Sunday, 21 May 2017
Still, while whales and dolphins may be their closest living relatives, the latter have been around for a very long time, and it follows that the hippo lineage must have been around equally long. So, especially given that they aren't exactly small and easy to overlook, it's reasonable to expect that there should be a number of fossil species that are a good deal closer to living hippos than anything we have today.
And, indeed, there are.
Sunday, 14 May 2017
However, two other populations of ringed seals (or their immediate ancestor), became separated from their kin at a much earlier date. Unlike the Ladoga and Saimaa populations, they had the time and isolation to develop into entirely new species, notably different from their relatives out in the ocean.
Sunday, 7 May 2017
(As an aside, the word "meerkat" is Afrikaans... which is a bit odd, since it means something completely different in Dutch).
Even when they aren't singing Hakuna Matata or trying to sell you car insurance, meerkats are common features on wildlife documentaries (at least they are in Britain; I can't speak for other countries) and in zoos across the world. In part, this is because they're rather cute, sociable animals, with complex, telegenic, lives that involve a lot of cooperation. But, while meerkats are probably the most social of all mongooses, they are by no means the only ones. Another example, for instance, is the banded mongoose (Mungos mungo), which lives in groups almost as large as those of meerkats.
Sunday, 30 April 2017
These are the fifteen species of marmot (Marmota spp.), most of which inhabit mountainous regions, often above the tree line. Marmots are the largest of all squirrels, being at least twice the weight of, say, prairie dogs. However, the weight of marmots isn't necessarily the easiest thing to quantify, because it changes so much over the course of the year, which is in turn due to their need to bulk up before entering hibernation. And the reason for hibernation in marmots? Well, that brings us back to the crappy habitat.
Sunday, 23 April 2017
|Ribbon seal (male)|
Male ribbon seals are black, or very dark brown, with clear, wide bands of pure white fur around their necks, shoulders, and just above the hips. Females are medium-brown with light tan stripes, so the pattern is less striking, but it's still present, and in the same shape. Neither sex is born like this; even once baby ribbon seals shed their pure white fur at around a month of age, they are initially plain in colour, only fully developing the stripes by the time they are two years old.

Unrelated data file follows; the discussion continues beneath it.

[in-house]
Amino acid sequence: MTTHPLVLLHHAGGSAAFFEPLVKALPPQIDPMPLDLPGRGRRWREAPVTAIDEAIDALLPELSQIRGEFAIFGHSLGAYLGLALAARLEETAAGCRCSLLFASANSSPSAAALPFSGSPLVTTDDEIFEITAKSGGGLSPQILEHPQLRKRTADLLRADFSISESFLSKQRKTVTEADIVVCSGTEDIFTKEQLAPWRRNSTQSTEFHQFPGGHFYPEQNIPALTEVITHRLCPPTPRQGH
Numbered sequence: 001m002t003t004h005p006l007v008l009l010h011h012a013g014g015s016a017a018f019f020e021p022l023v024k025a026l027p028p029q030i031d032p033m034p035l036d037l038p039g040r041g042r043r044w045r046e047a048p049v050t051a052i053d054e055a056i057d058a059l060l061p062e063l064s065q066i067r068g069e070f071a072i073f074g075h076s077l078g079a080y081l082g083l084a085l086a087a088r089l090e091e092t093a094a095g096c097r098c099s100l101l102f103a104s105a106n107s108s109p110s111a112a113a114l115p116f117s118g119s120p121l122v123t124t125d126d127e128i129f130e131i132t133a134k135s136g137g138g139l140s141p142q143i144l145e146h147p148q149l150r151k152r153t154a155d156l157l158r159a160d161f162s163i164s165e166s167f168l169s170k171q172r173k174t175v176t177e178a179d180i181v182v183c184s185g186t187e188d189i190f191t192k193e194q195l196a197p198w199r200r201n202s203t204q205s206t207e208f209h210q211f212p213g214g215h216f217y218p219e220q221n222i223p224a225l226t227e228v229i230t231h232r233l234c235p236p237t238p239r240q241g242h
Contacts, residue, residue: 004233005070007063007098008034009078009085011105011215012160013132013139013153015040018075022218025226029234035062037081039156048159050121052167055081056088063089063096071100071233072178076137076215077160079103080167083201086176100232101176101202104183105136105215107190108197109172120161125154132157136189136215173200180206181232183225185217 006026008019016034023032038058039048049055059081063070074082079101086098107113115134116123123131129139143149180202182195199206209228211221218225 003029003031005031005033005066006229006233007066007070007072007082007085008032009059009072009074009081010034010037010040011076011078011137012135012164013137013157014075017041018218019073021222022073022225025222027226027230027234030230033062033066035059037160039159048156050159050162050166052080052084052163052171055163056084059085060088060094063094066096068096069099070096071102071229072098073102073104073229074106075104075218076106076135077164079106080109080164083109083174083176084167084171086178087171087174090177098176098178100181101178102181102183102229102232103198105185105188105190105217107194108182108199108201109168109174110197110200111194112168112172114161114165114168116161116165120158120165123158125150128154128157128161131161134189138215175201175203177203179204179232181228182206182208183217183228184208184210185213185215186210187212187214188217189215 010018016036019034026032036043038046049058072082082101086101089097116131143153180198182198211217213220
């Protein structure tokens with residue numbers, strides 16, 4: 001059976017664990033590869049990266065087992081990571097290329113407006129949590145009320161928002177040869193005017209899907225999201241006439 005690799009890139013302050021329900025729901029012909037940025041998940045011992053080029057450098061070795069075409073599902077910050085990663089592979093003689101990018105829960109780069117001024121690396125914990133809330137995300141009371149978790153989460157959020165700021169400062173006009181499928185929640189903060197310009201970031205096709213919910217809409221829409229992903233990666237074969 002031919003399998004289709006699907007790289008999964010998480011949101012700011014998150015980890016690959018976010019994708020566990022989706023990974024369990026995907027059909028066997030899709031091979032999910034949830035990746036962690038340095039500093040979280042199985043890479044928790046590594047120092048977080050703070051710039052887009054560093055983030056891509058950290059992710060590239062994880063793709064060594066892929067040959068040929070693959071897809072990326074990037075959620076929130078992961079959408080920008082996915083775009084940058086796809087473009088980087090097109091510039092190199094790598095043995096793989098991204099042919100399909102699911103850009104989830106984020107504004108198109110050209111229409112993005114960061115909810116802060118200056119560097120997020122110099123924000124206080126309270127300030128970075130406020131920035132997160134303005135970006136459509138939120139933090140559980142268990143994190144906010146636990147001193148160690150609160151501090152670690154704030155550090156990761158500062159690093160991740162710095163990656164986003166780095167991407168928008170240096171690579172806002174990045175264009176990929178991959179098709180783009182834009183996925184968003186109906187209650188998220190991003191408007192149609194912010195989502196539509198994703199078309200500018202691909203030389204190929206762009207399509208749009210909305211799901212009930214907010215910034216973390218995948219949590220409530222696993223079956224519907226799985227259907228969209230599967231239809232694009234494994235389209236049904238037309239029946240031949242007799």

Sunday, 16 April 2017
While we often tend to think that prehistoric animals tended to be larger than those alive today, this, was however, rather less true of whales, which have grown more or less steadily in size over the course of their evolution, perhaps in part to make it increasingly difficult for anything else to eat them. So, for example, the Pliocene killer whale (Orcinus citoniensis) was around 4 metres (12 feet) in length, barely more than half that of the modern species - although still quite impressive on a human scale.
Sunday, 9 April 2017
Obviously, reproductive anatomy is an important field if we want to really understand how an animal functions and behaves. Testicular size, for example, can tell us about its mating strategies. This is because the rule is not simply "the bigger the animal, the bigger its gonads". In order to gather a harem of receptive females around itself, a male has not only attract them to itself with suitably impressive antlers (or whatever) it also has to fight off rivals, and it's going to have to be big and muscular to do that. But if the females are sexually promiscuous, that's pointless. Instead, what you really need is to produce so much sperm that yours swamps that of your rivals. So, in those species, the males tend to be smaller, but their testicles larger (proportionately speaking). Alternatively, if your species is monogamous then neither of these things are much of a concern.
So male reproductive anatomy can tell us quite a bit. But you won't typically find, in most descriptions, is quite so much information on the female reproductive tract. There's probably some information on the shape of the uterus, which can relate to things like litter size, and maybe for a few other features besides, but it tends to be rather less than you'll find for the males.